An exploration of the activPAL™ activity monitor in measurement of sedentary and physical activity patterns in people with mild to moderate Parkinson’s disease: A validation study.
Anonymous, (2016) An exploration of the activPAL™ activity monitor in measurement of sedentary and physical activity patterns in people with mild to moderate Parkinson’s disease: A validation study. Other thesis, Queen Margaret University.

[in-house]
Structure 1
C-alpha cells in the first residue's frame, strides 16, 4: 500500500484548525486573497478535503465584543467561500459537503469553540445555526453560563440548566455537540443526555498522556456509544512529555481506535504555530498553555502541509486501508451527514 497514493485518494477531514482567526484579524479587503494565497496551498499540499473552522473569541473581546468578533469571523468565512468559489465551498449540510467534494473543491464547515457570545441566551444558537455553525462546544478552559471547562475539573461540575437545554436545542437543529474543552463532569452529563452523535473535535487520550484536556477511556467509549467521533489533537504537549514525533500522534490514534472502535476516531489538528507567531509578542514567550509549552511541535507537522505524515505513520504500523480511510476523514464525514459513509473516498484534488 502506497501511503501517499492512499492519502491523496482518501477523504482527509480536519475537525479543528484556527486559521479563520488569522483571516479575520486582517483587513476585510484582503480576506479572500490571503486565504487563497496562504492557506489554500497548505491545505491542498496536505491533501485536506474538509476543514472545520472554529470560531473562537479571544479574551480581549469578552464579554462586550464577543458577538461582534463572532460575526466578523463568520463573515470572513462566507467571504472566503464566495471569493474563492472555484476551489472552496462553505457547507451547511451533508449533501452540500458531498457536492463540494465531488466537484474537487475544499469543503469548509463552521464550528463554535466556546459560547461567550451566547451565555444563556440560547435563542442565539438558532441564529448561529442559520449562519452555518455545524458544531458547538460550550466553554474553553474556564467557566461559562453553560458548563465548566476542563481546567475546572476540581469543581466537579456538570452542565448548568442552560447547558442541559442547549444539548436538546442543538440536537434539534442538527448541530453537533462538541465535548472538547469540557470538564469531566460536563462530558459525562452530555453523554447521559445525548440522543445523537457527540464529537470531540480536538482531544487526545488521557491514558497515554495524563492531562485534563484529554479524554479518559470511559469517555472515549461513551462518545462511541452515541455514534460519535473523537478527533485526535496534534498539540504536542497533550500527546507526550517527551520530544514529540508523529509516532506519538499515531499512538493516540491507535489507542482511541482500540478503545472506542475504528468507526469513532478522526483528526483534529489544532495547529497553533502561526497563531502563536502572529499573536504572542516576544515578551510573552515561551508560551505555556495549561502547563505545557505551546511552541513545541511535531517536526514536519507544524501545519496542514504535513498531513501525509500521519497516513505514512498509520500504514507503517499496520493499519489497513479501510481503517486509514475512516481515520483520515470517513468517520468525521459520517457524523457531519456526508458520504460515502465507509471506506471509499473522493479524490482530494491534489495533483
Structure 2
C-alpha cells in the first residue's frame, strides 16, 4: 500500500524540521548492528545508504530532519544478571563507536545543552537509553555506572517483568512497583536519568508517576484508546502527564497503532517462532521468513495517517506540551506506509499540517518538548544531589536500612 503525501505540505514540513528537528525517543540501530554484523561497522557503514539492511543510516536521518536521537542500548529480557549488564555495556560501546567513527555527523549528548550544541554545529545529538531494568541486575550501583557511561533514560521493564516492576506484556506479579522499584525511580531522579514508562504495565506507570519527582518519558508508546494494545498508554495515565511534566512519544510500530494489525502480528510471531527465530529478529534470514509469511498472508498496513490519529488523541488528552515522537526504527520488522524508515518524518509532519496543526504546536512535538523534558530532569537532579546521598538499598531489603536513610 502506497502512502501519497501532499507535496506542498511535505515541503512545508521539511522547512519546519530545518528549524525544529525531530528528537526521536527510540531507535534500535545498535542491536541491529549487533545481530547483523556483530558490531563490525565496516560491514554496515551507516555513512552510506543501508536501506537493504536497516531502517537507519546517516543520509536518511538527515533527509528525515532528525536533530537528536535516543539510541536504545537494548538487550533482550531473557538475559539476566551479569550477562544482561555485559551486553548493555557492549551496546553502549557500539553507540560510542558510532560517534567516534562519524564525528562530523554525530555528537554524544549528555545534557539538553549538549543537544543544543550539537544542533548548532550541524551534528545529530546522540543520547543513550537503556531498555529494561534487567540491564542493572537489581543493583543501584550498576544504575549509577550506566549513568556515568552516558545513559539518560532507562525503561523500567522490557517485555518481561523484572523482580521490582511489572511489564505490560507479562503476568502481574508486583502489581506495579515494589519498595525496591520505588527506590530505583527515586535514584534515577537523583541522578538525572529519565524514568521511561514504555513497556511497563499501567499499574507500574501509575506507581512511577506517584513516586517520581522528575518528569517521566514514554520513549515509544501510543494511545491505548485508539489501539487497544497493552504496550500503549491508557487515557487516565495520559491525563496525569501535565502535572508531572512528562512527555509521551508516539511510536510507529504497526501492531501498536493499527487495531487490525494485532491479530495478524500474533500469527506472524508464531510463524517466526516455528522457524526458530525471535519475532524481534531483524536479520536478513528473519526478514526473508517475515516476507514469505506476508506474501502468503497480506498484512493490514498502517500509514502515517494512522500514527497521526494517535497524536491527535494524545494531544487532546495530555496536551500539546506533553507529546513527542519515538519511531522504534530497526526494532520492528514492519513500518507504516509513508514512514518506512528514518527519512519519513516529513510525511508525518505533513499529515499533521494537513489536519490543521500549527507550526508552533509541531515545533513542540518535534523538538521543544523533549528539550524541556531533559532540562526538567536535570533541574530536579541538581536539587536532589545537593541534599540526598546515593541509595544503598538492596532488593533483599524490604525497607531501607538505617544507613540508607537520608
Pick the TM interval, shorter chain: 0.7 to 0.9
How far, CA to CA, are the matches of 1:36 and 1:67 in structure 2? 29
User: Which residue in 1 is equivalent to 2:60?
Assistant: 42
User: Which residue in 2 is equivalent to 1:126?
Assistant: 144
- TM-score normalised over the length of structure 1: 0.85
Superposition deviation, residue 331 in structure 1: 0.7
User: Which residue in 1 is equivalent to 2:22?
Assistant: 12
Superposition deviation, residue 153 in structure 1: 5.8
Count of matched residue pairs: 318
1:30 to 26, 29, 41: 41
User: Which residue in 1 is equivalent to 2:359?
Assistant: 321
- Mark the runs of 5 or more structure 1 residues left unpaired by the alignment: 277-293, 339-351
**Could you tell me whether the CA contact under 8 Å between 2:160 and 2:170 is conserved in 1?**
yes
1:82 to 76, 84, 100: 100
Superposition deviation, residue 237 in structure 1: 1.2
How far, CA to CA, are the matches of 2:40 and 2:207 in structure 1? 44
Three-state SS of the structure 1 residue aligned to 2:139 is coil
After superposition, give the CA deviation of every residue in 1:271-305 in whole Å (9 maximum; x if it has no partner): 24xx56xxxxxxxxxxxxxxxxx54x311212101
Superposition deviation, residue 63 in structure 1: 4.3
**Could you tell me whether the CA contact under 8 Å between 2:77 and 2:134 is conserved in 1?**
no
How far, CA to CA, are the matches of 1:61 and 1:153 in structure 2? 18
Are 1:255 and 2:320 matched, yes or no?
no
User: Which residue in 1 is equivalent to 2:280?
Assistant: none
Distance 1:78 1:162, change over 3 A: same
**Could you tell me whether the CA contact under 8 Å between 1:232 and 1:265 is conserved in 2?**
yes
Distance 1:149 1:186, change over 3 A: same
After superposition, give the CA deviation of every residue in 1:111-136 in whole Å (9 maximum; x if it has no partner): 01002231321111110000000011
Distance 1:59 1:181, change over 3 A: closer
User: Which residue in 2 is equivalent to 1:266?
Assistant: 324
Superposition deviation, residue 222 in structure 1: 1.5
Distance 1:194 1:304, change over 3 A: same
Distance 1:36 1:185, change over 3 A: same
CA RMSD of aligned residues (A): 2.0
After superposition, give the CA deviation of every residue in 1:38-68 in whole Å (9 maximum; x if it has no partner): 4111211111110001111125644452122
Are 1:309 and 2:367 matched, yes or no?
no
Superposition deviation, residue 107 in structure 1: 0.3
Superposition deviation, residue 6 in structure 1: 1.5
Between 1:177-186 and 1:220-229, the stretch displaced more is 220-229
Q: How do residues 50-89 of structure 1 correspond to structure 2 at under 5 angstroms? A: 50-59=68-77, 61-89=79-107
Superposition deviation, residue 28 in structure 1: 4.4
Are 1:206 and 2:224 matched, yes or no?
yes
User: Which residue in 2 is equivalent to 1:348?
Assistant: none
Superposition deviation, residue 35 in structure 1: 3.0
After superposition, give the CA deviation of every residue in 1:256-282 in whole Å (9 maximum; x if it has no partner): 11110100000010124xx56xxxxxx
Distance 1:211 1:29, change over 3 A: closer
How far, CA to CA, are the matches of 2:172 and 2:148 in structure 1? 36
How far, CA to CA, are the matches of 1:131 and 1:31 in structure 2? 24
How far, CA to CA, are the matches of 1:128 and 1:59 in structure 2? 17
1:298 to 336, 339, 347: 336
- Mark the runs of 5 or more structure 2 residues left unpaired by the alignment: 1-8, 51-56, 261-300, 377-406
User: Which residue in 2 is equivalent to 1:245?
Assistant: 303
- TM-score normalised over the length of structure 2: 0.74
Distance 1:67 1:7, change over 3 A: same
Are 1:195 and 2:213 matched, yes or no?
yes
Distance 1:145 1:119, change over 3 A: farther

Background Measurement of physical activity (PA) and sedentary behaviour (SB) may facilitate individually-tailored interventions aimed at modifying the progression of Parkinson’s disease (PD) symptoms. Accelerometry is suggested as a practical and objective measurement tool. Aim This study aims to investigate the validity of the activPAL in measuring PA and SB in people with mild to moderate PD with direct observation (DO) as the criterion measure. Design Cross-sectional, DO, validation study. Methods Eight men and two women (mean age 69 ± 7.3) with mild to moderate PD (median Hoehn and Yahr 1.5, IQR 1-2) were recruited. Wearing an activPAL, they completed a controlled module consisting of 3-minute periods in different postures and a “free-living” module consisting of four randomly selected ADLs. The trial was captured on a video-camera and the time spent in different postures was classified. This was aligned and compared with the activPAL output data. Results The activPAL has a low percentage error for SB in both modules (9.11% and 3.37%) and a higher percentage error for PA (-15.1% and -19.63%). There was no statistically significant correlation between the activPAL and DO in module 1 (r=0.68, p=0.03 and r=0.55, p=0.098), however, high correlation in module 2 (r=0.94, p<0.001 and r=0.99, p<0.001). Wide limits of agreement (LOA) (range -112.6s – 106s) were demonstrated between the activPAL and DO throughout the whole test. Conclusion The activPAL overestimated SB and underestimated PA. Wide LOA may be considered clinically unacceptable. Further research is warranted to validate the activPAL before its use in practice.